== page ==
According to longtime area resident John Tinga, J.P. Newton sold mules and other farm animals from his barns on Castle Hayne Road, south of Wrighsboro, near the fork that used to lead to the airport.
Newton made news in 1927, when one of his mule trades landed before a justice of the peace. Theo Brown said he had bought a mule from Newton for $100, but the mule proved to be “moon-eyed” – that is, it saw OK in certain phases of the moon but was nearly blind in others.
Accordingly to a rather jocular report in the Wilmington News-Dispatch for Sept. 17, 1927, Justice W.A. McGowan mediated a settlement, whereby Newton would take back the moon-eyed mule and replace it with a comparable fit mule without this handicap. (Two disinterested citizens, chosen by the court, would inspect the replacement mule in advance.)
In the Wilmington Morning Star for May 19, 1948 – under a heading “NO GAS NEEDED” – C.S. Newton advertised that he had for sale “A Carload of Native Tennessee Mules and Horses, Ages 4 to 10 Years” at his place on Castle Hayne Road. Newton also offered “a few pairs of close mated mules. The best mules you will see this season.” The ad concluded, “We also specialize in snaking horses.” It is unclear if C.S. Newton and J.P. Newton were related.
(According to the website Equestrian Life, “snaking” is an old-fashioned term referring to stallions signaling dominance, often by turning its head and pointing – usually to signal that he considered a particular mare his own. Mares would sometimes “snake” to lead their foals. We’re not sure, but apparently Newton was breaking horses of this snaking behavior when it was unwanted.)
Both these items come from the Bill Reaves clipping files, now housed in the local history room at the New Hanover County Public Library. Mules were obviously once a much bigger deal than they are today. Newspaper items from the early 1900s and 1910s often report mule sales in downtown Wilmington. For instance, F.T. Mills of Kentucky Horse and Mule Co. advertised in the Star for an auction to be held on Feb. 29., 1912, of 50 horses and mules “all broke and ready to work” at Mills Stables, 116 S. Second St.
Smoak & McCreary of Winston-Salem announced an auction for Saturday morning, May 16, 1908, of “extra good Virginia-Tennessee and Kentucky horses and mules” in its stables at 227 Church St.
The Dispatch, on March 3, 1920, reported that the city of Wilmington’s street department had sold seven surplus mules for “approximately $400.” Two other mules, considered crippled, were also for sale, according to the item. (Why someone would buy a crippled mule, and how much it would fetch, are best left to the imagination.)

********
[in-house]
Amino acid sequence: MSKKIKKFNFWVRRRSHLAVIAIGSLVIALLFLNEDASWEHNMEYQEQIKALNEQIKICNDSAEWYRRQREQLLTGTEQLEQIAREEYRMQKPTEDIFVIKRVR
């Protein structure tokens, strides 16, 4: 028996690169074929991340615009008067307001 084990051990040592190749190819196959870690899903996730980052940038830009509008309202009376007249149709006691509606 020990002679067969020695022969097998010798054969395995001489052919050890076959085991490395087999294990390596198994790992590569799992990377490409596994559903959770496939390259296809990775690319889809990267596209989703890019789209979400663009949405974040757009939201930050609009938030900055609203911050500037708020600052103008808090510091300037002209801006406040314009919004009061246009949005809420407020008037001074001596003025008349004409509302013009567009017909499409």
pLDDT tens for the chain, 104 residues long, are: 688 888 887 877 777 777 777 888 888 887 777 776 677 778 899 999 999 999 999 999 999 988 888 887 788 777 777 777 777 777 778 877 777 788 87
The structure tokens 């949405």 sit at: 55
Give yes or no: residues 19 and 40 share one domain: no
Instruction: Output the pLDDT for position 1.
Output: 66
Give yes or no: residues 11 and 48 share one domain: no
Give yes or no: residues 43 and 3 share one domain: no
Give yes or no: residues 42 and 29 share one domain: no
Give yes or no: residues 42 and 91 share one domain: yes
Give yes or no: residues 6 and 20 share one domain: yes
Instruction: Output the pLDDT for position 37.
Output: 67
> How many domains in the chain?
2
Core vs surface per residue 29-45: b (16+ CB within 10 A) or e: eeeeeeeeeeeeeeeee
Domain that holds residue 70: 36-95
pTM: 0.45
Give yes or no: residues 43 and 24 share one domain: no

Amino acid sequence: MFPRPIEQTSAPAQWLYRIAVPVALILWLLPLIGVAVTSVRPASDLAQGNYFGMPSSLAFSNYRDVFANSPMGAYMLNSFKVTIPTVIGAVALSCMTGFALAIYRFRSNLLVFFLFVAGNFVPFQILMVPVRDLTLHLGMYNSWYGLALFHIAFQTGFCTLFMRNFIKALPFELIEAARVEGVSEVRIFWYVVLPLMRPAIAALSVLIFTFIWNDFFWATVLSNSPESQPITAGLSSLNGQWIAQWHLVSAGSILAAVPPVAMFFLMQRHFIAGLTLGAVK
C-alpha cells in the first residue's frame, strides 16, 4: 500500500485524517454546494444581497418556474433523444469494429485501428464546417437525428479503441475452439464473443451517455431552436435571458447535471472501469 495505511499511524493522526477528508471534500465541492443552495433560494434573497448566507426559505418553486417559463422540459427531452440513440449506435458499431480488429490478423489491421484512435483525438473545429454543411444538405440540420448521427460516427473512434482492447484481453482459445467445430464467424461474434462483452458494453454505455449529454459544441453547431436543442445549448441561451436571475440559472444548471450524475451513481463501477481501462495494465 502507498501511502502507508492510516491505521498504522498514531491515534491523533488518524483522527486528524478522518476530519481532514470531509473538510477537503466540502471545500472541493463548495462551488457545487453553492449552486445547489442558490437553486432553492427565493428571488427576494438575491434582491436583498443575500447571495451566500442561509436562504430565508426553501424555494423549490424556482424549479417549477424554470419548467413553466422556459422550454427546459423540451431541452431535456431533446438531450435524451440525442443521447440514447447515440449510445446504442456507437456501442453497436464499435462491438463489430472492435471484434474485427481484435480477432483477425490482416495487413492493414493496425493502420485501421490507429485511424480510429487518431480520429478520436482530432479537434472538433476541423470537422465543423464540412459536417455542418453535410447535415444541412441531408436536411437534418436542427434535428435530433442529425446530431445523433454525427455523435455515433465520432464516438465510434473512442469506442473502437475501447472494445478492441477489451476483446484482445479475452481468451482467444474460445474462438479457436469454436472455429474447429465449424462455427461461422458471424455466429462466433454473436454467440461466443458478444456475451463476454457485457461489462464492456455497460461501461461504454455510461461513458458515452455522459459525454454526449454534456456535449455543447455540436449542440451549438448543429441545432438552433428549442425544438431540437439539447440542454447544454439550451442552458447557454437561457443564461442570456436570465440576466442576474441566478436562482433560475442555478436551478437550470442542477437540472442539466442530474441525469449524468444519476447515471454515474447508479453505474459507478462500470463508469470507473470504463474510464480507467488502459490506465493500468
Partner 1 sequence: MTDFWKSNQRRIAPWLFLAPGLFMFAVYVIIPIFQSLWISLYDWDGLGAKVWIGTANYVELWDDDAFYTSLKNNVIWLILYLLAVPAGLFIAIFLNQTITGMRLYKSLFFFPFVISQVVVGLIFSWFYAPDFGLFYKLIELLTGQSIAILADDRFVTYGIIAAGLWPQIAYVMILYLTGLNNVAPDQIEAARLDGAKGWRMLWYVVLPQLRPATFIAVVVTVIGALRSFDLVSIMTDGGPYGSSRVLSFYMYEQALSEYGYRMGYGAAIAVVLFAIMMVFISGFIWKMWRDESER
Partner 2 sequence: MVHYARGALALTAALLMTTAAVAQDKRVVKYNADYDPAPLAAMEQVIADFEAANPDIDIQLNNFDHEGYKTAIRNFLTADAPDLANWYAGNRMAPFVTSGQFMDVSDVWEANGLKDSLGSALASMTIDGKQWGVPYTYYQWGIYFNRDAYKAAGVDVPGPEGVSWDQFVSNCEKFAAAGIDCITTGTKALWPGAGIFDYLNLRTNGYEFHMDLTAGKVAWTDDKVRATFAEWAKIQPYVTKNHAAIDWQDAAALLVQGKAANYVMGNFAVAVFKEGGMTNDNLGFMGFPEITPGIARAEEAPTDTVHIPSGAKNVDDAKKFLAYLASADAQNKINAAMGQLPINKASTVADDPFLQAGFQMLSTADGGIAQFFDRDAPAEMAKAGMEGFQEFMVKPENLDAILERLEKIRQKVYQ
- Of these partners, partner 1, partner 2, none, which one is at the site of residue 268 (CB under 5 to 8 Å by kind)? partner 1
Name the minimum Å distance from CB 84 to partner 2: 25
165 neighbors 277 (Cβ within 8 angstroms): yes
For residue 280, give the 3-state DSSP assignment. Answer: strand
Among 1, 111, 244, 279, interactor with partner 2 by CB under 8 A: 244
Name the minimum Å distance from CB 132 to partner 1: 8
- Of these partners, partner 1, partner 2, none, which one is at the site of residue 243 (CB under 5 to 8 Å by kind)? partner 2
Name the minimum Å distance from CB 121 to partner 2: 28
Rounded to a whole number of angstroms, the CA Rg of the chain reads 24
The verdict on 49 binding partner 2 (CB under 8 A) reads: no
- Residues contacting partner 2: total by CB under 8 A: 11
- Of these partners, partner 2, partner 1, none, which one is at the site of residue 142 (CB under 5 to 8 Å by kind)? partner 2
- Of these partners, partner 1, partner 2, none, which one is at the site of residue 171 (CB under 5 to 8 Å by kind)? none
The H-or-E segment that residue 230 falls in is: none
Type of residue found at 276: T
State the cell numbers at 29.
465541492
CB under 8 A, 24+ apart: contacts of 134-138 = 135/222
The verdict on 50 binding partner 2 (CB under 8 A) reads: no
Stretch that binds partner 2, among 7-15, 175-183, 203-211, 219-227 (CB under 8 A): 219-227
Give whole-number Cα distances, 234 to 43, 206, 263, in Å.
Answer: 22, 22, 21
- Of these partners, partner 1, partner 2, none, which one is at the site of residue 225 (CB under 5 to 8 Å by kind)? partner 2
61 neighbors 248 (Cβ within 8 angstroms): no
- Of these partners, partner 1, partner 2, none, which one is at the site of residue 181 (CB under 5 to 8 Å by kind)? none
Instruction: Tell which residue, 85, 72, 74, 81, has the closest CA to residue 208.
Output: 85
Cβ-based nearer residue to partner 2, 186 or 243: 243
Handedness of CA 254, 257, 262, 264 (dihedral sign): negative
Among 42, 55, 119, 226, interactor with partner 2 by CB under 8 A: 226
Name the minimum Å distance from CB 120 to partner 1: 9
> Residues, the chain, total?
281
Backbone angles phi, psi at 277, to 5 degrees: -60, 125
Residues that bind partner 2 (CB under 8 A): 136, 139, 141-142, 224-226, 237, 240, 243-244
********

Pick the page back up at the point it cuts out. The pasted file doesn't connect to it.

Mule stories often peppered early newspapers. The Wilmington Weekly Star of July 30, 1886, included a tongue-in-cheek item about a mule named Esau Boney “with a bewitching paint-brush tail” who kicked the driver of a dray who whipped it too harshly. A constable allegedly took out a warrant for “assault and battery” against Esau, but the newspaper reported, “The warrant was never served.” The writer’s sympathies were apparently with Esau.
Similarly, the Star reported on July 12, 1878, that a mule was arrested and taken to police headquarters “for acting disorderly on the street.” “He (the mule) was released yesterday on his good behavior,” the report concluded.
In a Dec. 28, 1923, item datelined Cerro Gordo, the Star reported that farmer N.M. Green Sr. claimed to own a mule that was 33 years old. Green said he bought the mule in 1895, when it was 5 years old. Now, he planned to reward the mule, named “Charlie,” for 28 years of loyal service by retiring it.
In 1893, however, the Wilmington Messenger reported that John Harris “who lives on the Newbern road (roughly, modern U.S. 17) a few miles from the city” brought in a 38-year-old mule to be shod in the blacksmith shop at Quinlivan and Carroll. “The age of the mule is well authenticated,” the report said, adding that Harris “now gets as much work out of the old fellow as he does any horse or mule on the place.”
The Wilmington News, on Sept. 24, 1946, reported that “a mule-driven wagon was observed coming down the Castle Hayne highway near Roosevelt Gardens at 9:30 this morning, but there was no driver in the driver’s seat and the mule seemingly was plodding along on his own and under his own power.”
The driver apparently had suffered an epileptic seizure and fallen back into the wagon, and the mule apparently kept on its accustomed route at its usual speed. “Roadside operators” eventually stopped the mule, the unsigned News story continued. Sheriff’s deputies found the driver was still alive and “whisked him to James Walker Memorial Hospital” where he was treated.
Date posted: January 16, 2013
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